‘My work explores global culture and politics through the ethnography of popular music, particularly in Japan; I try to understand how the circulation of media becomes central to large-scale processes of social transformation. In this, my research connects ethnomusicology with anthropology of media, Japan studies and global studies, science and technology studies, as well as the growing interdisciplinary field of sound studies. Rather than contributing separately to these as separate intellectual contexts, I show how music and sound provide a unique way of listening to the changes of contemporary global culture.
My most recent work has been on the social politics of music and sound in Japan after the 3.11.11 earthquake, tsunami, and nuclear disaster. Each summer for the past 4 years I have conducted ethnographic research on antinuclear protests and festivals, particularly the Project Fukushima! festival in Fukushima City. I’m interested in how music, dance, and festival have become charged performance contexts for social activism, which allow public reflection and critique of Japan’s nuclear policy in a complex political environment.
The emerging development of sound as a research subject is another crucial through-line in my career. Reconsidering cultural concepts of noise through global circulations of sound recordings has helped my earlier work feed into the new field of sound studies, which inspired the publication of Keywords in Sound. I’m also a musician and sound engineer, and find that my work in the recording studio helps me understand how sound technologies have become so deeply imbricated into the fabric of contemporary music making and listening. In addition to circulating my research in print, I disseminate my research in alternative and multimedia contexts, including sound recordings, podcasts, and other digital publications.
On campus, I am appointed as Affiliated Faculty in Anthropology, EALCS, and Film & Media Studies, and am on the board of the Interdisciplinary Humanities Center and the journal of Sound Studies. I’m also the co-Director (with Greg Siegel in Film & Media Studies) of the Center for the Interdisciplinary Study of Music—a UCSB group of faculty and graduate students that organizes talks, workshops, and the annual Rock Docs film series.’ - Professor David Novak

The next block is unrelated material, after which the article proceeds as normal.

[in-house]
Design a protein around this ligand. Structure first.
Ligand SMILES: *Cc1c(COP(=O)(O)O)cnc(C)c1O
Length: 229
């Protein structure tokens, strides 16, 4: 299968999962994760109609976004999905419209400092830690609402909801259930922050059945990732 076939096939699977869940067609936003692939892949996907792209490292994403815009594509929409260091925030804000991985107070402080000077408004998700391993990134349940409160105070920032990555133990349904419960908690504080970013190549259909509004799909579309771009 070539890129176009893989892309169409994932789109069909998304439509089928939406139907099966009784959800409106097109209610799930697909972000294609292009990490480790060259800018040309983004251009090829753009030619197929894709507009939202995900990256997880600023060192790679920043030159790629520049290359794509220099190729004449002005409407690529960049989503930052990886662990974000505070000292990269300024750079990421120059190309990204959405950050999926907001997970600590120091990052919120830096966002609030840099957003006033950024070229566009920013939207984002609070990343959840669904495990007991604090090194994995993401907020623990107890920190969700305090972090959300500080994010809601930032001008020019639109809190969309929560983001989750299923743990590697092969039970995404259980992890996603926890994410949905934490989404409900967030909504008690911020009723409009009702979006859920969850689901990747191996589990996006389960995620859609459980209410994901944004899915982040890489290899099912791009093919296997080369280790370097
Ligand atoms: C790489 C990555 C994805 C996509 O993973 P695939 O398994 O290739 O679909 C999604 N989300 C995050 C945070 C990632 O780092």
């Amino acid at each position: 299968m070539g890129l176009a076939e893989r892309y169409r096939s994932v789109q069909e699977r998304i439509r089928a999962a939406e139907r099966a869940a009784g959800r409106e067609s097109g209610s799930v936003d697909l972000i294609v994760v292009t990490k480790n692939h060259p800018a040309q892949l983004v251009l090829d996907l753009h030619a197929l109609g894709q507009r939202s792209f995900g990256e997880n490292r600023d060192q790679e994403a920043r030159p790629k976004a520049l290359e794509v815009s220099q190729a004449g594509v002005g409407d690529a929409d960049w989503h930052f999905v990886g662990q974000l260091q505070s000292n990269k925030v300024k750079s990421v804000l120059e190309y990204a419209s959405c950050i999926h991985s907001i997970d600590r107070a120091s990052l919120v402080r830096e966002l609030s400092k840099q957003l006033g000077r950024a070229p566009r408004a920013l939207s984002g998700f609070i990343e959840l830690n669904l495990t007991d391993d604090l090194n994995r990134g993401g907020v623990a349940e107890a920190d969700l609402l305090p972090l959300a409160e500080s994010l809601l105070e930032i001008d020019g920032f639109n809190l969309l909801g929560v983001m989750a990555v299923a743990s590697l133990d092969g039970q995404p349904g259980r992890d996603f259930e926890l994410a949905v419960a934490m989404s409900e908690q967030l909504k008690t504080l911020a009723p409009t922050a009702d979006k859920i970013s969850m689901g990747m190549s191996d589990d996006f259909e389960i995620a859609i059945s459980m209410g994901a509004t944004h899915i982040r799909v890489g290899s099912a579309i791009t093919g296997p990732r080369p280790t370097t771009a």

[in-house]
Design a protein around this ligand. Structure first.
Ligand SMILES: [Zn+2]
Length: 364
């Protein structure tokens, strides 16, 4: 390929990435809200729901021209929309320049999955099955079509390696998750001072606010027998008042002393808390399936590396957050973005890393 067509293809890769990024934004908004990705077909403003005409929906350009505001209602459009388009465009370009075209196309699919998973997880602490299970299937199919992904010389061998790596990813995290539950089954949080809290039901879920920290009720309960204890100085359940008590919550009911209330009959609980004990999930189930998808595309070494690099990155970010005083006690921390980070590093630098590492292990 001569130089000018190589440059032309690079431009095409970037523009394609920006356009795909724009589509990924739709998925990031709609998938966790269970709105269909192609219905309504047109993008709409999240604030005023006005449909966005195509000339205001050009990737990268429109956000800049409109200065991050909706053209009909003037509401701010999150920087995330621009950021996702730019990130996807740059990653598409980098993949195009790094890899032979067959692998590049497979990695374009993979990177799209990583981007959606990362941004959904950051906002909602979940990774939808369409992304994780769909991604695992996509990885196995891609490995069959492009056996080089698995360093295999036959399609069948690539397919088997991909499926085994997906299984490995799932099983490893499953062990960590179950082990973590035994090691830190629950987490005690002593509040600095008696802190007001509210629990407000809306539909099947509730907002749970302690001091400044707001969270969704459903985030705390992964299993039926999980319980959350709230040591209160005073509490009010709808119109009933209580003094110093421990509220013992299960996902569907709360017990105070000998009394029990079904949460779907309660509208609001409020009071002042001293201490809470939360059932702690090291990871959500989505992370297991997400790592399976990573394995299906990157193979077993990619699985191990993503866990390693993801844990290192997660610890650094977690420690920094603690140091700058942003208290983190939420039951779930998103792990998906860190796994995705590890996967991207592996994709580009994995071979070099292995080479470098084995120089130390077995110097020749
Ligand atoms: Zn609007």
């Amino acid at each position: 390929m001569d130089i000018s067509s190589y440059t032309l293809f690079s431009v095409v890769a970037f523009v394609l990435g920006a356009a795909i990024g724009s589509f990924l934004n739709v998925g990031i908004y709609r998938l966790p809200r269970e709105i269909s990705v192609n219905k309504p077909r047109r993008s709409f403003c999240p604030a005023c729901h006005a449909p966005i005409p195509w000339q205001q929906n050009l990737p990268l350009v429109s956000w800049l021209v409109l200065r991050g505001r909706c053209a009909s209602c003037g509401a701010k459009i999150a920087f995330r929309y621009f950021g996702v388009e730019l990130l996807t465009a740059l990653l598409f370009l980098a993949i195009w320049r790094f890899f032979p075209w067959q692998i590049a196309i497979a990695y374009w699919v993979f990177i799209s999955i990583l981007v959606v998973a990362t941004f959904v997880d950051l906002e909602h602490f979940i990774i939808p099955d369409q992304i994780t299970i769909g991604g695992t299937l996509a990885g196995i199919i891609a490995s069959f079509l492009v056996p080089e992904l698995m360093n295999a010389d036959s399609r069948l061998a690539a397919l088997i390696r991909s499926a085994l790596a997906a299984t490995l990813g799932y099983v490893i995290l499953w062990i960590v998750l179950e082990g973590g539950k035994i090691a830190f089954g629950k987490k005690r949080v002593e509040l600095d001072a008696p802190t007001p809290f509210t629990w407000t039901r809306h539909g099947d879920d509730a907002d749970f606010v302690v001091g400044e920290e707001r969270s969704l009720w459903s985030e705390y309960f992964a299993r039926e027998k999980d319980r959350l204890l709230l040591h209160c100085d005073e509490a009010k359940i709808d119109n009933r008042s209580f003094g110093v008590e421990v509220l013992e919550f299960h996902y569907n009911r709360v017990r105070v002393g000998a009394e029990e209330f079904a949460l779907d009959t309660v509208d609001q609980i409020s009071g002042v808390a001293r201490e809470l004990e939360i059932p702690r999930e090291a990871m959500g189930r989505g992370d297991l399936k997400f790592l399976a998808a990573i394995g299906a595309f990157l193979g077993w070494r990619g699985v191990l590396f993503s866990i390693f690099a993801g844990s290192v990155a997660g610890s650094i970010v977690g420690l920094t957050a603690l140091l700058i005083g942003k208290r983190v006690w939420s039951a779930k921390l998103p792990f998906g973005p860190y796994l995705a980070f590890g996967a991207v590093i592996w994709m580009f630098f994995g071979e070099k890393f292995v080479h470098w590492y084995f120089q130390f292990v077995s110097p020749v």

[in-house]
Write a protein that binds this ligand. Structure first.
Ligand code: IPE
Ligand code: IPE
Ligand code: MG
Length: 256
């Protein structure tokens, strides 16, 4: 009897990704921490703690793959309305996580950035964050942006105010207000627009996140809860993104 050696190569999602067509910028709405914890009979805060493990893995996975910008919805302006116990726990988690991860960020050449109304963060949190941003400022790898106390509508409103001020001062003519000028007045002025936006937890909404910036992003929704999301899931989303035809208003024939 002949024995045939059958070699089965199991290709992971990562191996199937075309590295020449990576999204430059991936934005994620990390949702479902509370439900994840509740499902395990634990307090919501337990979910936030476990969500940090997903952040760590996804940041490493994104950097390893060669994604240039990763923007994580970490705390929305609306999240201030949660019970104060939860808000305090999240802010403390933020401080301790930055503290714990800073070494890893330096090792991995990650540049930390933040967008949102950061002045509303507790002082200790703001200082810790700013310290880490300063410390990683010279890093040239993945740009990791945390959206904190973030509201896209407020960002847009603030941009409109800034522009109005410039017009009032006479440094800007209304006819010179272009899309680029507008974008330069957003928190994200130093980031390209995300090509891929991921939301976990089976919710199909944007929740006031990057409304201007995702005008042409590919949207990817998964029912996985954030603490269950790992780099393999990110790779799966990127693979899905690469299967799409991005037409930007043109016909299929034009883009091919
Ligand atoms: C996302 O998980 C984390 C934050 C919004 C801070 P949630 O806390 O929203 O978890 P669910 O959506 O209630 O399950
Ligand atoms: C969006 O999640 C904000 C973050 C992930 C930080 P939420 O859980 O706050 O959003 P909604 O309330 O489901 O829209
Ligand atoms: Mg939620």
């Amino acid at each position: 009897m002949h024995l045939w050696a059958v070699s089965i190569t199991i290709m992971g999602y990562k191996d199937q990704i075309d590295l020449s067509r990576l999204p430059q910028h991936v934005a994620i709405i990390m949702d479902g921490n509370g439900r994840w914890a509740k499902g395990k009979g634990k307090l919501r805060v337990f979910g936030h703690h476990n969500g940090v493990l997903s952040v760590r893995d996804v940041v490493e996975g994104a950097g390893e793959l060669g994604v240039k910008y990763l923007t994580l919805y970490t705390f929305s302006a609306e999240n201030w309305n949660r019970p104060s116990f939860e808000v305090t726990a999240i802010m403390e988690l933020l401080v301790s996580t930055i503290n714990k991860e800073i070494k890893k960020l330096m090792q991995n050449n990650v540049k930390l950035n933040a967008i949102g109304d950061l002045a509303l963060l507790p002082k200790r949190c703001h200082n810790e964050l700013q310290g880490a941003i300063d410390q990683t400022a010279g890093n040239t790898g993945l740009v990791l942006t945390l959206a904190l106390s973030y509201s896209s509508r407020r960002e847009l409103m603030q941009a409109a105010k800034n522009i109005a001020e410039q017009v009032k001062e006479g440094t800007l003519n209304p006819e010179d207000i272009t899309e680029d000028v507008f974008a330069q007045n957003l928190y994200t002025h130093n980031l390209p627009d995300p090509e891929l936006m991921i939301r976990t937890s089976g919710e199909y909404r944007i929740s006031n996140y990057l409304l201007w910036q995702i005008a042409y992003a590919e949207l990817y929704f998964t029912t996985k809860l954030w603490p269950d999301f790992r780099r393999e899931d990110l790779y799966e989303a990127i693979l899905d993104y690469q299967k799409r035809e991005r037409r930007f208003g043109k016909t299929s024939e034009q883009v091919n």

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David Novak’s recently published works:
Duke University Press, 2013
Noise, an underground music made through an amalgam of feedback, distortion, and electronic effects, first emerged as a genre in the 1980s, circulating on cassette tapes traded between fans in Japan, Europe, and North America. With its cultivated obscurity, ear-shattering sound, and over-the-top performances, Noise has captured the imagination of a small but passionate transnational audience.
For its scattered listeners, Noise always seems to be new and to come from somewhere else: in North America, it was called "Japanoise." But does Noise really belong to Japan? Is it even music at all? And why has Noise become such a compelling metaphor for the complexities of globalization and participatory media at the turn of the millennium?
In Japanoise, David Novak draws on more than a decade of research in Japan and the United States to trace the "cultural feedback" that generates and sustains Noise. He provides a rich ethnographic account of live performances, the circulation of recordings, and the lives and creative practices of musicians and listeners. He explores the technologies of Noise and the productive distortions of its networks. Capturing the textures of feedback—its sonic and cultural layers and vibrations—Novak describes musical circulation through sound and listening, recording and performance, international exchange, and the social interpretations of media.
Keywords in Sound (edited by David Novak and Matt Sakakeeny)
Duke University Press, 2015
In twenty essays on subjects such as noise, acoustics, music, and silence, Keywords in Sound presents a definitive resource for sound studies, and a compelling argument for why studying sound matters. Each contributor details their keyword's intellectual history, outlines its role in cultural, social and political discourses, and suggests possibilities for further research. Keywords in Sound charts the philosophical debates and core problems in defining, classifying and conceptualizing sound, and sets new challenges for the development of sound studies.
David Novak is Associate Professor of Music at the University of California, Santa Barbara, with affiliations in Anthropology, Film and Media Studies, and East Asian Languages and Cultural Studies. His work deals with the globalization of popular music, remediation, protest culture, and social practices of listening. He is the author of Japanoise: Music at the Edge of Circulation (Duke 2013), as well as recent essays and sound recordings in Public Culture, Cultural Anthropology, Sensory Studies, and The Wire. His current research focuses on the role of music, sound, and noise in the antinuclear movement in post-3.11 Japan. He is the founder of the Music and Sound Interest Group in the American Anthropological Association, and co-director of the Center for the Interdisciplinary Study of Music.